How did 45 Years get sold for distribution, let alone nominated for so many awards? This film is a joke, a miserable slog that appeals to almost no one. I went to a matinee at The Charles last weekend, and it was like a euthanasia convention in there. The blue light special crowd is this movie’s target demographic, but it looked like it left them just as cold as me and my family. Standing outside smoking a cigarette after rushing out of that death chamber, a bag of bones held aloft by her fellow crypt-mate asked us if we liked the movie. I shrugged and stuttered, unsure if my honest opinion might be too much for this woman’s heart to take. Before I could respond, she spat at us, wheezing, “I hated it. It felt like it was 45 years long!” She hacked into a hankie and was carried along by her handler, and we were beside ourselves.
A slug line at the bottom of A.O. Scott’s review for The New York Times described 45 Years as 95 minutes of “brutal regret.” It is. Andrew Haigh’s film is a misery, not just dry but also dehydrating, an interminable portrait of two hopelessly dull people in a diminishing marriage. There are no affairs, no murders, no drug addiction, no suicide, no heists, no feeling in this movie. Just Charlotte Rampling squinting and snooping like a shrew and Tom Courtenay behaving as if he were mentally retarded. I wasn’t expecting Elmore Leonard thrills, but this film is anemic, a pointless drudgery choking on its subtlety and understatement. Scott wrote in his review that 45 Years “suggests that even after decades together, two people can remain perfect strangers.” We should all be worried about the elderly attending this film; their heart rates are low enough as it is. Haigh could serve time for manslaughter.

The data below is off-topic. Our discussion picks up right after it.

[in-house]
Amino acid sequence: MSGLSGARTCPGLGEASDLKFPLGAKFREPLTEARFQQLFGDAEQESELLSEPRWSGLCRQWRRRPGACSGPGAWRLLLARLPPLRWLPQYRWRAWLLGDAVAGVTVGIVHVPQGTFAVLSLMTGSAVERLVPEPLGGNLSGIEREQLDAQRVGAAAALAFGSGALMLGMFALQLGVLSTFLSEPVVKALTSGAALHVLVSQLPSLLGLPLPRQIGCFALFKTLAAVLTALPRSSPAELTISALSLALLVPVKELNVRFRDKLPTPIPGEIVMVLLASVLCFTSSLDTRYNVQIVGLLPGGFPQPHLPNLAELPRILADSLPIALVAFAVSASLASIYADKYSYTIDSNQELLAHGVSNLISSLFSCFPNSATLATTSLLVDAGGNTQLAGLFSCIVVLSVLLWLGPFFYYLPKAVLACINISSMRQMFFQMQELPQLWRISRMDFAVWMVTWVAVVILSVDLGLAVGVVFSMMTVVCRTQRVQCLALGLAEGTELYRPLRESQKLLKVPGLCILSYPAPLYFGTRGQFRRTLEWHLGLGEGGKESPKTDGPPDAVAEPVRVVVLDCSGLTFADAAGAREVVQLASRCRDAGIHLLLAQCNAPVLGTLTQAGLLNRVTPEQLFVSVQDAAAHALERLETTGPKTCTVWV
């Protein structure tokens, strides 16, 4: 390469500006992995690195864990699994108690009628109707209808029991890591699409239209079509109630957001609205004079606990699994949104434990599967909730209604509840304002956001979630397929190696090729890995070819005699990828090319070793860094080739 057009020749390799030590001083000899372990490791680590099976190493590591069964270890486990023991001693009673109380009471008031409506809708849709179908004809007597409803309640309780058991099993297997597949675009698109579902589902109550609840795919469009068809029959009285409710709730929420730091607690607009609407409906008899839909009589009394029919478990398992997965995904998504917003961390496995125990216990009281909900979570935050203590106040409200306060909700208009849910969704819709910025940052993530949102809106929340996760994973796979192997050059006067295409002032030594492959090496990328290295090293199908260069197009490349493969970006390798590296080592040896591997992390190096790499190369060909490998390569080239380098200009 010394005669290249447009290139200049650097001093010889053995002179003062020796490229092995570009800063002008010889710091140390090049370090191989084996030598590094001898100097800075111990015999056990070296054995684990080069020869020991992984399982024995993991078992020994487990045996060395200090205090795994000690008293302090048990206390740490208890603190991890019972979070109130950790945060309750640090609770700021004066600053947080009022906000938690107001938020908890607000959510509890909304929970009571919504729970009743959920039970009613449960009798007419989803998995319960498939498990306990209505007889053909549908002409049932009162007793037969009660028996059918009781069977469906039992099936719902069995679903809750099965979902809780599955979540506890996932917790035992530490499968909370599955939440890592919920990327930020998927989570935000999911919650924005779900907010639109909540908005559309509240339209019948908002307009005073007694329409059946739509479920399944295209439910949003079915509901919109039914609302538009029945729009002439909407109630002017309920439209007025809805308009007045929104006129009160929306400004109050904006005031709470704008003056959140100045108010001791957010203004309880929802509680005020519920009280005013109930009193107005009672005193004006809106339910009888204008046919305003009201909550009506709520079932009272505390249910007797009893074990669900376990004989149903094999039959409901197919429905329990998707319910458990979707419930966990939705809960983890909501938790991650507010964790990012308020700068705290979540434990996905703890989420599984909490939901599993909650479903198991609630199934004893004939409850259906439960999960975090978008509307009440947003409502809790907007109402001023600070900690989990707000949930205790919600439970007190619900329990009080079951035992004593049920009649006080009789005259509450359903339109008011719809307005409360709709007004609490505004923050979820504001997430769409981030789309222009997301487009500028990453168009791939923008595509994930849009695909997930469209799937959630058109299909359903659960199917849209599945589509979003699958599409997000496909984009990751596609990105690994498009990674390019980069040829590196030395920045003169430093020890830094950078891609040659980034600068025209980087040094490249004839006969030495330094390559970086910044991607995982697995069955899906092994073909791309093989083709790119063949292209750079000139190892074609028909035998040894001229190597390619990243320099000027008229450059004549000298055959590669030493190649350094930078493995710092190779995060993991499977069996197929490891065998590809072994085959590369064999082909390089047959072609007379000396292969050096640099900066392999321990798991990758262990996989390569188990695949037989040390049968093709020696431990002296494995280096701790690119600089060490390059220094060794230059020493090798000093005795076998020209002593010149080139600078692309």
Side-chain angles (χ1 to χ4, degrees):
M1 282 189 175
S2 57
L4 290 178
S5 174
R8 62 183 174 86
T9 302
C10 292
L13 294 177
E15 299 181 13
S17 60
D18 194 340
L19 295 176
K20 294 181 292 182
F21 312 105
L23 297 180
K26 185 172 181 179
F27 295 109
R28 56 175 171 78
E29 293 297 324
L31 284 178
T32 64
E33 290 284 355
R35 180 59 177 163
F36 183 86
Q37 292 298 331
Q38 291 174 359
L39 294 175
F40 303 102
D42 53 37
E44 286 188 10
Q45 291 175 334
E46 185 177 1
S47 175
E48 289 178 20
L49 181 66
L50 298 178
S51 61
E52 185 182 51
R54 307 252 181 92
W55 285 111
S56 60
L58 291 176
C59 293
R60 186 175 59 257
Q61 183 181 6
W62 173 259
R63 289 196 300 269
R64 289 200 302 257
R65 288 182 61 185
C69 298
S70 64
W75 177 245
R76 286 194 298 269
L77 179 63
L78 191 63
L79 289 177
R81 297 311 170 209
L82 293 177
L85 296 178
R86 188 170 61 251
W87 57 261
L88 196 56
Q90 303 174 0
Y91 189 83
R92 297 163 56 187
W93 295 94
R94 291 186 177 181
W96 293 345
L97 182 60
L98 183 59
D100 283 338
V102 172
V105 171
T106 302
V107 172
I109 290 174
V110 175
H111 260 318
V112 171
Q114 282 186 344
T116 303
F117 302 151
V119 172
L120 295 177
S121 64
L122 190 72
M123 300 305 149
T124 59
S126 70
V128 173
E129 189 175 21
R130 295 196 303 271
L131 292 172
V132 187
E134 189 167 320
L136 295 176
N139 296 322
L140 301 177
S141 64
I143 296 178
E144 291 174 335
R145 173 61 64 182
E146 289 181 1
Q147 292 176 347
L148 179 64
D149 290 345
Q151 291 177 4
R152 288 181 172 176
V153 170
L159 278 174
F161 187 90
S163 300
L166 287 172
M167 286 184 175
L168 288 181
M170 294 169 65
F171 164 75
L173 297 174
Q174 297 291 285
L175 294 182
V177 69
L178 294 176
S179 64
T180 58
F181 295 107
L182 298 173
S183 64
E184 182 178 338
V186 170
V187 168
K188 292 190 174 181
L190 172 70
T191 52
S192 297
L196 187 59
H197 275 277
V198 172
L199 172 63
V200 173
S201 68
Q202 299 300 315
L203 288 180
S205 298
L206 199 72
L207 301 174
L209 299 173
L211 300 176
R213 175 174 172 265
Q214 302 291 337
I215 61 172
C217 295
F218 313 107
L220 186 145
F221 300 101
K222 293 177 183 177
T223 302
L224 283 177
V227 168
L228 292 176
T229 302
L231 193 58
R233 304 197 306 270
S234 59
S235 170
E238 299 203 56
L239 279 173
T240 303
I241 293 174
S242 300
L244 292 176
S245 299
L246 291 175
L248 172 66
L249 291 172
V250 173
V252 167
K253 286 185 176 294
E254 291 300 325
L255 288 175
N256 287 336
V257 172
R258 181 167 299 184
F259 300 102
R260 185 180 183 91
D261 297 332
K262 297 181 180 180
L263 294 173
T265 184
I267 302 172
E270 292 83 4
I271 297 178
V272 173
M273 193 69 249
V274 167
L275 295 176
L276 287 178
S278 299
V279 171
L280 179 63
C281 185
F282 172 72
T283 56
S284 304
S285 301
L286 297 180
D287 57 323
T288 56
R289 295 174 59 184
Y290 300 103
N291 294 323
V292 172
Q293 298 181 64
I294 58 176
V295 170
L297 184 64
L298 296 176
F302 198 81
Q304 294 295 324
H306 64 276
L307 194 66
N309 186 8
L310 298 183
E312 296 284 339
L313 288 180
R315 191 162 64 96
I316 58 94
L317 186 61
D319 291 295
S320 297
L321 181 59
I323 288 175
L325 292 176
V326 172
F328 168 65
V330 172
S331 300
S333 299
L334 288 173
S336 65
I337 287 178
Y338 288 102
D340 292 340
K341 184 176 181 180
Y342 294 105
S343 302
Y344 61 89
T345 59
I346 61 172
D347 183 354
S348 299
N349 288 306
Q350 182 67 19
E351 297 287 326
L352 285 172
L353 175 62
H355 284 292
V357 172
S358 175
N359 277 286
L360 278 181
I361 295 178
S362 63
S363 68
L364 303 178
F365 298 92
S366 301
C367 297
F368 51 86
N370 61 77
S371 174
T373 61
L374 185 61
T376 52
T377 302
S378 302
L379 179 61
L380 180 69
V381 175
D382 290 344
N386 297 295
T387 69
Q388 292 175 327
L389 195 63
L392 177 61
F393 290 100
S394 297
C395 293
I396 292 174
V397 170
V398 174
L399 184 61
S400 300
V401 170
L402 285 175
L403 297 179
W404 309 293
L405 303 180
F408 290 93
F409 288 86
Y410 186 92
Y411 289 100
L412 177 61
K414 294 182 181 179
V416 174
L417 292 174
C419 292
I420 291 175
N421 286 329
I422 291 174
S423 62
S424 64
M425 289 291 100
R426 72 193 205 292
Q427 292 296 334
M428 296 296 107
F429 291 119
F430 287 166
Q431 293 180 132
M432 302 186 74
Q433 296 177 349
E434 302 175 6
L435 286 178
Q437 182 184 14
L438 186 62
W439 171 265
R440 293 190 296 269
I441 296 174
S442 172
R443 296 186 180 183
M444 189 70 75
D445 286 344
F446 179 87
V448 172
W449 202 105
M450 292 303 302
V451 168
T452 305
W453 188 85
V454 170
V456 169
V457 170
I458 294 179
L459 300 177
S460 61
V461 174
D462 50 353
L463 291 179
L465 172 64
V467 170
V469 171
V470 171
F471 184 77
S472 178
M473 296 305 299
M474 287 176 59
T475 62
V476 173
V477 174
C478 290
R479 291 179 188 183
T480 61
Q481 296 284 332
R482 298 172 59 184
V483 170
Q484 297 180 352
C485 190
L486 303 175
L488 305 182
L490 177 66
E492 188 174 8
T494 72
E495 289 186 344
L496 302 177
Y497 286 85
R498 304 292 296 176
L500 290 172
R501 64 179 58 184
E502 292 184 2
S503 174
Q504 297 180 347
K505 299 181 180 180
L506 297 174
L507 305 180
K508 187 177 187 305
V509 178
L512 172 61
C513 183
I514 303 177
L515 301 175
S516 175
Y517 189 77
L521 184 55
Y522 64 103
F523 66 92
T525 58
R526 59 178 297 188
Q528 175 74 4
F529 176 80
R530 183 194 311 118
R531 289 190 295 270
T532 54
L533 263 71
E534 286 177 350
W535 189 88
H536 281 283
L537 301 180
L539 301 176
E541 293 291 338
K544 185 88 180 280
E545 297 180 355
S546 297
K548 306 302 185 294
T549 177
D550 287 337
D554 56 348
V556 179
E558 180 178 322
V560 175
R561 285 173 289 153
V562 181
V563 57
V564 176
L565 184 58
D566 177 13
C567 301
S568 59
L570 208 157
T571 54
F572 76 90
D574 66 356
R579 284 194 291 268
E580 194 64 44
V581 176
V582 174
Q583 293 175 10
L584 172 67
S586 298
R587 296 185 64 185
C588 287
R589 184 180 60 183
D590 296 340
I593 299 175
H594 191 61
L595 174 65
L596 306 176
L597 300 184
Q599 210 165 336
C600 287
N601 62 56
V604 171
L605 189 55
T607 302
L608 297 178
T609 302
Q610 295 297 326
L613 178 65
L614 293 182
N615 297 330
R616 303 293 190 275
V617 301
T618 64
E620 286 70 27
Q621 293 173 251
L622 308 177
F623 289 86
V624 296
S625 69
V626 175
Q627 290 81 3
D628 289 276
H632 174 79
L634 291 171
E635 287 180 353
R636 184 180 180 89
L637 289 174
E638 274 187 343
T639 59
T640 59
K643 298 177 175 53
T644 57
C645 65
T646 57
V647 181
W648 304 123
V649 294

Hail, Caesar!, on the other hand, is a barrel of monkeys, another great film by the Coen Brothers that sits somewhere between the brilliant and bizarre Burn After Reading and the misguided and forgettable The Ladykillers. Hail, Caesar! has been in development since 2004, yet its final form suggests that either its script or its final cut were severely edited from their original form. At only an hour and 45 minutes, Hail, Caesar! is far too short to give its excellent ensemble cast their due: Frances McDormand and Jonah Hill are featured in only one scene each, while Tilda Swinton, Scarlet Johansson, Channing Tatum, and Ralph Fiennes appear in only a few themselves. All of their characters are wonderful, worthy of their own turns starring in another rose-tinted vision of the old Hollywood studio system by the Coens.
It’s not that Hail, Caesar! could’ve been an epic—it feels like a producer’s commercial cut of a much longer film. It has so many threads that are hardly explored, and feels oddly unbalanced, with several scenes that linger unnecessarily on weak jokes and premises, abandoning plot lines and supporting characters, disappointing only in its lack. Jonah Hill got top billing for one brief scene, but Alden Ehrenreich carries the film along with Josh Brolin and George Clooney, who’s bearable only when he plays a hapless dolt. The press surrounding Hail, Caesar! is all doom and gloom, the lowest grossing wide opening ever for a Coen Brothers movie. But despite being released in February’s dumping ground, it’ll stand alongside their best comedies and live on, unlike most of the dreck that gets nominated at the Academy Awards and forgotten in April.
—Follow Nicky Smith on Twitter: @MUGGER1992